x Abu Dhabi, UAEMonday 22 January 2018

A regal display from Prince Bishop at Meydan

Gelding may return for tilt at World Cup following victory with Frankie Dettori.

Frankie Dettori rides Prince Bishop to victory.
Frankie Dettori rides Prince Bishop to victory.

Dubai // Prince Bishop, Godolphin's disappointing 2011 World Cup-night runner, may be on a trail back to the richest race in the world after an easy win under Frankie Dettori at Meydan Racecourse last night.

Dettori steered the gelding to a five-and-a-quarter length victory for the trainer Saeed bin Suroor over 2,000m of the track's Tapeta - the same distance the World Cup will be run over on March 31.

The five-year-old runner has recently recaptured a hint of his form from two years ago, which saw him win four good races in France, including a Group 3 and a Group 2.

The son of Dubawi did not shine on his first UAE season, however. He managed just fifth in the third round of the Al Maktoum Challenge and slumped to 10th place in the US$10 million (Dh36.7m) World Cup.

He was then transferred to Newmarket for the English summer season where two more lacklustre performances ensued.

"He is getting back to his best," bin Suroor said yesterday. "He was a new horse to us last year and he just didn't settle very well. Now he seems more focused and I think that physically he looks better than last year."

Bin Suroor said that Prince Bishop's comeback trail started in November in England.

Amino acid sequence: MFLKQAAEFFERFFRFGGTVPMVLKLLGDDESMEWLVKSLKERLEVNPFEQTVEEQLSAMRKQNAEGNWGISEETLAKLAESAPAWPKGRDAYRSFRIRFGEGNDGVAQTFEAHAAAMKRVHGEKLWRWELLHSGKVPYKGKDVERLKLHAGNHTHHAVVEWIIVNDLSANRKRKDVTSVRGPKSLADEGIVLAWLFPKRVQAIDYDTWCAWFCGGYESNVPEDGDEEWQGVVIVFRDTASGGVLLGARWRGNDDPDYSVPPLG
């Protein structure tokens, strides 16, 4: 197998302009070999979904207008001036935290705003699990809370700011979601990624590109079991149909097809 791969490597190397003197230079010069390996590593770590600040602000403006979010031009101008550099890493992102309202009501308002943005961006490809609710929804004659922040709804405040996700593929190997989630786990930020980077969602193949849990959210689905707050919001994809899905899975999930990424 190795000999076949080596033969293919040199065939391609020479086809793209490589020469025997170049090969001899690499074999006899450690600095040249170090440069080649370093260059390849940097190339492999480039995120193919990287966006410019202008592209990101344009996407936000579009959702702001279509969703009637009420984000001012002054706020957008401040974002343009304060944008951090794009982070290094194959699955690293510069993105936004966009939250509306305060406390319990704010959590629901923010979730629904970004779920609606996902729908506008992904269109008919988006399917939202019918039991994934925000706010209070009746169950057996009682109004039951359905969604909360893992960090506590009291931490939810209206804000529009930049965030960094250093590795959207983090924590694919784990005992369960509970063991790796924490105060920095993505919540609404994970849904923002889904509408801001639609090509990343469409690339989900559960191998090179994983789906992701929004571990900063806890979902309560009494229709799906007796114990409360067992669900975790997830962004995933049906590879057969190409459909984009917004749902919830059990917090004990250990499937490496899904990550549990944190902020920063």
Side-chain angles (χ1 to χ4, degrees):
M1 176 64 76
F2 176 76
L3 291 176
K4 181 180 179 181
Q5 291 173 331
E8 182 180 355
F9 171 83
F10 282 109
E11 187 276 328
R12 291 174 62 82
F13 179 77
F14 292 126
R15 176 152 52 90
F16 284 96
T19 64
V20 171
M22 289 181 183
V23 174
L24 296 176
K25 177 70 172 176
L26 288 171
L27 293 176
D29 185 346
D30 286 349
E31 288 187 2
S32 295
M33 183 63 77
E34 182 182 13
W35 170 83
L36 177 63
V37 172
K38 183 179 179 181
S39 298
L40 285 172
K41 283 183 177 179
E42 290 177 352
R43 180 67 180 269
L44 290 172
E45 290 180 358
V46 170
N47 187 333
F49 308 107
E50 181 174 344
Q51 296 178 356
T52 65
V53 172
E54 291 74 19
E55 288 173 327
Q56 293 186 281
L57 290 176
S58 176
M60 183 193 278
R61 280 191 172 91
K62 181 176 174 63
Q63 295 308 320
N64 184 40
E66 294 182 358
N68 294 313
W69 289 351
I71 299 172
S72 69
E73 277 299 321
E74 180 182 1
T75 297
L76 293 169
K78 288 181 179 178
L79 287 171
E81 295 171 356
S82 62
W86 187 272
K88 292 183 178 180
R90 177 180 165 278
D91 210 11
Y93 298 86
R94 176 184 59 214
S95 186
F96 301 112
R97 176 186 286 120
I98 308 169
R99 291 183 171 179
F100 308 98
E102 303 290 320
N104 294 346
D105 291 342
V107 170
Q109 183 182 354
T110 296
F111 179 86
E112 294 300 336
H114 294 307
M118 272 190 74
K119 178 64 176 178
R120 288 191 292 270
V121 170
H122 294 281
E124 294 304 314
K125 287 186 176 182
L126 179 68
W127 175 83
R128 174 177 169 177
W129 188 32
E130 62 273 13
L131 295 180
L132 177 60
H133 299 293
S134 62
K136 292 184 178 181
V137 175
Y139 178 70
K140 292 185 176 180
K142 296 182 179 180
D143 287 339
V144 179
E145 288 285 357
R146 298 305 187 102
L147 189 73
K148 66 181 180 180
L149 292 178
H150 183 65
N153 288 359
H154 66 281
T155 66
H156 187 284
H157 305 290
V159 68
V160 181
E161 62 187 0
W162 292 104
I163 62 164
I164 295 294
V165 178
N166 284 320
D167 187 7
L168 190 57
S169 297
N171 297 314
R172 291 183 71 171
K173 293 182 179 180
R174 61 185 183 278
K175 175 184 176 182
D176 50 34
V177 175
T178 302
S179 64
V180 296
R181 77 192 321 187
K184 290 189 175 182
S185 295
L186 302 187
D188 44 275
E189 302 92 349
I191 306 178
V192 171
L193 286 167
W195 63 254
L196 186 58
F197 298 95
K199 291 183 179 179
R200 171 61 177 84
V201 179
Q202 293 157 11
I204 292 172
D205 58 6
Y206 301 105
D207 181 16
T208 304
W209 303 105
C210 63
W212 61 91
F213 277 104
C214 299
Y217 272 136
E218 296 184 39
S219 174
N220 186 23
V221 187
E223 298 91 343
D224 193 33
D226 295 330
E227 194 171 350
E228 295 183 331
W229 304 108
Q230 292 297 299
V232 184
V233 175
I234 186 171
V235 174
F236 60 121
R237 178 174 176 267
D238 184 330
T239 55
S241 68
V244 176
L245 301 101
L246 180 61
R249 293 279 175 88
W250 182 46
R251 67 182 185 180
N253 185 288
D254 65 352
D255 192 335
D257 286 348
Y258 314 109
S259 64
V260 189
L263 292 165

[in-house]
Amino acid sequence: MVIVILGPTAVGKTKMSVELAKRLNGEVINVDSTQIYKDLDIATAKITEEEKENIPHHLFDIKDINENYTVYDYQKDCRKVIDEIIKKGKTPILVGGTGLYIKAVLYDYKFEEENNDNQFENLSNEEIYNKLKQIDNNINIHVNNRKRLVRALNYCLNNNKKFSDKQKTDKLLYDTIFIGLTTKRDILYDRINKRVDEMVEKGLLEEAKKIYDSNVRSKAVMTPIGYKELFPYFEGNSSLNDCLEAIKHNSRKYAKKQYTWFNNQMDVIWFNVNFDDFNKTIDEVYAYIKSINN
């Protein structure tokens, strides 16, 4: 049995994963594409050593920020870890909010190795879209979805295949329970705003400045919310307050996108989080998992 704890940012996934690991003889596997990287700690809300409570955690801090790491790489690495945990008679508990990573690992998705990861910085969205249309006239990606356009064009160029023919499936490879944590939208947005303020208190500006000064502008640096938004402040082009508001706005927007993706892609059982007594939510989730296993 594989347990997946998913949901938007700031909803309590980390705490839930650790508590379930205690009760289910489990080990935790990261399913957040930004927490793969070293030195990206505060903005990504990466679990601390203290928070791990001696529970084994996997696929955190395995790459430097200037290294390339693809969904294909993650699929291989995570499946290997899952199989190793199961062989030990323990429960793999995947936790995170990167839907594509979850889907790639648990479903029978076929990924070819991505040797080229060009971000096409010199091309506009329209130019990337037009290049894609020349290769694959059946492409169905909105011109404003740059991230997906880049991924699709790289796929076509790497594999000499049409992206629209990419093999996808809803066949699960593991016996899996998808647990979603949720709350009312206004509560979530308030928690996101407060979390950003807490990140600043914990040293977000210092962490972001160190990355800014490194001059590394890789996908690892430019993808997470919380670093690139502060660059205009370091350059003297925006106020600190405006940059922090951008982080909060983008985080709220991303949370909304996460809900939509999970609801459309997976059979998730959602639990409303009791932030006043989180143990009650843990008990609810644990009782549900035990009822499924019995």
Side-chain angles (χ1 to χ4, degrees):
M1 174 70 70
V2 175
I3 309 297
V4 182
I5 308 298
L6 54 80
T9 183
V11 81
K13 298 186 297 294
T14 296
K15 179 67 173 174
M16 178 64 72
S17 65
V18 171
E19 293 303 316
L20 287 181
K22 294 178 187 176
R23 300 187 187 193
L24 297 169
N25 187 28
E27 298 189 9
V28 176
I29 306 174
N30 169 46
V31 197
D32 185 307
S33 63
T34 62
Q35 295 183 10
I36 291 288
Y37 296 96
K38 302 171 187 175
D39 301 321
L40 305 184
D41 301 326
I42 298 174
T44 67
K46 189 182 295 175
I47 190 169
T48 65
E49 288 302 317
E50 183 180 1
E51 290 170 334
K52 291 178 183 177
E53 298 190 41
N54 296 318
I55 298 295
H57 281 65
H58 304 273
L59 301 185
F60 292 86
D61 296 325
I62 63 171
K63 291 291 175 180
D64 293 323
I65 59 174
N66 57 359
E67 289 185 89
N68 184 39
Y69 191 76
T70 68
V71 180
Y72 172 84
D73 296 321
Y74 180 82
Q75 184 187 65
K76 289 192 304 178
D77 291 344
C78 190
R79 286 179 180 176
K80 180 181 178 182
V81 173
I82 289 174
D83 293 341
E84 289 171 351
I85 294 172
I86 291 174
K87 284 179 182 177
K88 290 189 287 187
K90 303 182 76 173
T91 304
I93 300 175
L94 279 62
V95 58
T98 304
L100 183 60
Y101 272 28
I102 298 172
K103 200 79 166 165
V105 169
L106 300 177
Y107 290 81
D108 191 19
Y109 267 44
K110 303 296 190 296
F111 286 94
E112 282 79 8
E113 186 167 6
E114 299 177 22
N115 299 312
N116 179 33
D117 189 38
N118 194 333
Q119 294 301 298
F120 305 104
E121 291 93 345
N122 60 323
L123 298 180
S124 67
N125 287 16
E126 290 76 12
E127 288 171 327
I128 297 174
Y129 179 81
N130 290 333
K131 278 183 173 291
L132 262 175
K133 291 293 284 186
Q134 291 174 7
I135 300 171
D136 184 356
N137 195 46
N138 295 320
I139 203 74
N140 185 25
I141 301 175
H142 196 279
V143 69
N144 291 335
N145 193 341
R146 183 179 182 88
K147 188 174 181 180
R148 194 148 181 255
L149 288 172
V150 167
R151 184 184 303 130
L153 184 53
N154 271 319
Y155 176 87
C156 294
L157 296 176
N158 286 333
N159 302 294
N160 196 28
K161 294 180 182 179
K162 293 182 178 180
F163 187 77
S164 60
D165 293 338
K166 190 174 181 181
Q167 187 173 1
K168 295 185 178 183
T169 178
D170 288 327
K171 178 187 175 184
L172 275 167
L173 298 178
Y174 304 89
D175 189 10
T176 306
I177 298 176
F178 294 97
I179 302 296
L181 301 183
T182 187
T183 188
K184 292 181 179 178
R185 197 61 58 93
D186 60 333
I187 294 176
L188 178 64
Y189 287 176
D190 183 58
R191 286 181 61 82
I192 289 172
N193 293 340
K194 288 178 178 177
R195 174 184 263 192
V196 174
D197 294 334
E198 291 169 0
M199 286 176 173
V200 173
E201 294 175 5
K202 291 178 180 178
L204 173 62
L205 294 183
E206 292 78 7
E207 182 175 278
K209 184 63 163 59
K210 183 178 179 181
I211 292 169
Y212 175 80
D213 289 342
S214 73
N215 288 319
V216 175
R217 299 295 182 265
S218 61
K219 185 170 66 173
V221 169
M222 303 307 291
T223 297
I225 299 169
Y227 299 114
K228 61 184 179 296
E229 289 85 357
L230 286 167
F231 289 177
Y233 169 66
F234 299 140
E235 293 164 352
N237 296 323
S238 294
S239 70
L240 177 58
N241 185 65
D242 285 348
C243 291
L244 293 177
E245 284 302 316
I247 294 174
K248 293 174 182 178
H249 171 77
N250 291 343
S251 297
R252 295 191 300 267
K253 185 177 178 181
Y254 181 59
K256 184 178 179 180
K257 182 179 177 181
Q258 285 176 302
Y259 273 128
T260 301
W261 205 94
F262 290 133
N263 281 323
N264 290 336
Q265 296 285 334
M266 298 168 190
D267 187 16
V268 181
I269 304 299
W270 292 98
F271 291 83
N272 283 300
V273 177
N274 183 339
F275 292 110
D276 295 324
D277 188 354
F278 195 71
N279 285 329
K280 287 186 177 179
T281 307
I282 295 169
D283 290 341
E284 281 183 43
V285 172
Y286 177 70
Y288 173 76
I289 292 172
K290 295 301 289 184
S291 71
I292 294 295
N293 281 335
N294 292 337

"He won a [Listed] race two months ago in England and that was a very good sign," he said.

A typically cautious bin Suroor said it was too soon to talk about a World Cup entry for Prince Bishop, but clues as to his ultimate goal can be gained from his next race. The runner is now to be aimed at the Al Maktoum Challenge, one of a series of three races often used by trainers to test the World Cup credentials of a horse.

The Singaporean raider Captain Obvious took the spoils in the 1,200m Tapeta sprint under the jockey Oscar Chavez. The handsome grey is charting a course to the Group 3 Al Shindagha Sprint in early February and a possible World Cup sprint slot on March 31.

Captain Obvious started his career in Malaysia, and his trainer, Steve Burridge, was concerned that the six year old's form would not hold in esteemed company.

"Sometimes the horses from Malaysia don't measure up, but as soon as we got him he showed his class," Burridge said.

Captain Obvious has now claimed three wins from six runs for the Singapore-based trainer.

"He was a little bit fat when we first got hold of him but he's a very nice horse to train and he's done that very well. We're looking at a Group 3 for him next month."

Burridge is now two from three in Dubai after his promising colt, Dark Matter, claimed the recent UAE 2000 Guineas trial in workmanlike fashion. "We have entered for everything," said Burridge, confirming that both Dark Matter and Captain Obvious hold entries for World Cup Day races. "It's early days, of course, and we will see how they go, but the signs are that they are settling in well and its nice to have the option."